On Sunday, Aug. 17, 1862, the brigade left Camp Holly at 10 a.m. and marched south 15 miles to the James River “to ascertain what the enemy was doing,” Minutemen of Attala Private Mike Hubbert wrote in his diary.
“The Minute Men were selected as usual to go in front as skirmishers. We scoured the country but found nothing but the old Yankee camp which has been lately deserted. Night overtook us and we camped a mile in advance of the regiment.”
With some cavalrymen who were assisting the skirmishers “The boys had quite a lively time running horse races,” Hubbert wrote.
The brigade, meanwhile, had camped at Caster’s Mills. They left the next morning, caught up with the Minutemen and marched east on dusty roads to Berkeley Plantation (photo) near Harrison’s Landing.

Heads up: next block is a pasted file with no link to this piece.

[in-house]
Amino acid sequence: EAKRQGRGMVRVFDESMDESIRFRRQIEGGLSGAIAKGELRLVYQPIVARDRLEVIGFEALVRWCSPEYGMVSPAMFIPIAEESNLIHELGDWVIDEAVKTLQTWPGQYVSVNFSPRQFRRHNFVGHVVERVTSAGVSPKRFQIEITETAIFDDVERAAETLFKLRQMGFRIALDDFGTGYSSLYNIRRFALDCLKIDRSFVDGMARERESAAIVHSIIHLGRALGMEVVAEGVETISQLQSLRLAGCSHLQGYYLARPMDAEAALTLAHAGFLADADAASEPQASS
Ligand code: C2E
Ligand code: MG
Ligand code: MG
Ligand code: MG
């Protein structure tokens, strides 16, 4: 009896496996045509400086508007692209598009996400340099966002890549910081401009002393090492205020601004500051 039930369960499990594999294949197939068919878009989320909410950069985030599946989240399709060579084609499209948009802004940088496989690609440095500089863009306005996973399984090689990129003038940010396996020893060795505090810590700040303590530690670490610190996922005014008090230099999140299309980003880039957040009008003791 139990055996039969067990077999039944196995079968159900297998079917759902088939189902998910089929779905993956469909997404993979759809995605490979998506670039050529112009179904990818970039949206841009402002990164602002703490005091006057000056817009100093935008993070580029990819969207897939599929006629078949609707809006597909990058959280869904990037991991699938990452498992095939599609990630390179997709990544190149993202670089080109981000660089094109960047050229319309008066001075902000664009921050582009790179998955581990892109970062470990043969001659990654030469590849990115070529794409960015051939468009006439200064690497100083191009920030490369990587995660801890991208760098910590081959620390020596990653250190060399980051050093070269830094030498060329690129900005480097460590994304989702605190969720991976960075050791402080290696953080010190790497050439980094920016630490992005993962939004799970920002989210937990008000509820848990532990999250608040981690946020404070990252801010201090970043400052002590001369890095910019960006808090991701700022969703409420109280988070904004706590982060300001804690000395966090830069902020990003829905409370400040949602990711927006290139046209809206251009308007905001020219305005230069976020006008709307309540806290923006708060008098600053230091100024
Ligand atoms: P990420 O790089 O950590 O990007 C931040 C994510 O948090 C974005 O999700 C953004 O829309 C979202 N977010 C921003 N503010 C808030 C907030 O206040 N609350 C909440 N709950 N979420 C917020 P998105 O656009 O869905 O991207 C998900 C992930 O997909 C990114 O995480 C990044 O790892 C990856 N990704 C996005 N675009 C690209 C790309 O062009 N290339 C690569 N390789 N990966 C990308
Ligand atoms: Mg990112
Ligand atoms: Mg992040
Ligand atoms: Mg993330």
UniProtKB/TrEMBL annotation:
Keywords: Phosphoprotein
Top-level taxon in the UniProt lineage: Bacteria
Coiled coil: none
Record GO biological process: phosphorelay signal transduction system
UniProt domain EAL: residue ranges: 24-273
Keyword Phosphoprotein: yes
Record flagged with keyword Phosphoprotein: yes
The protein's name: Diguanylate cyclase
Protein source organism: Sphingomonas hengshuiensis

“…found nothing,” Hubbert wrote in his diary, “but two Yankees who told us that the enemy had all gone. We camped near the James River.”
Next morning, they started early to return to Camp Holly “and after a weary and dusty march we got back…at 4 p.m.,” Quartermaster clerk William H. Hill of the Spartan Band recorded. “There was no further use for us here. We are ordered to be ready to break camp and march at sunrise in the morning with one days cooked rations.”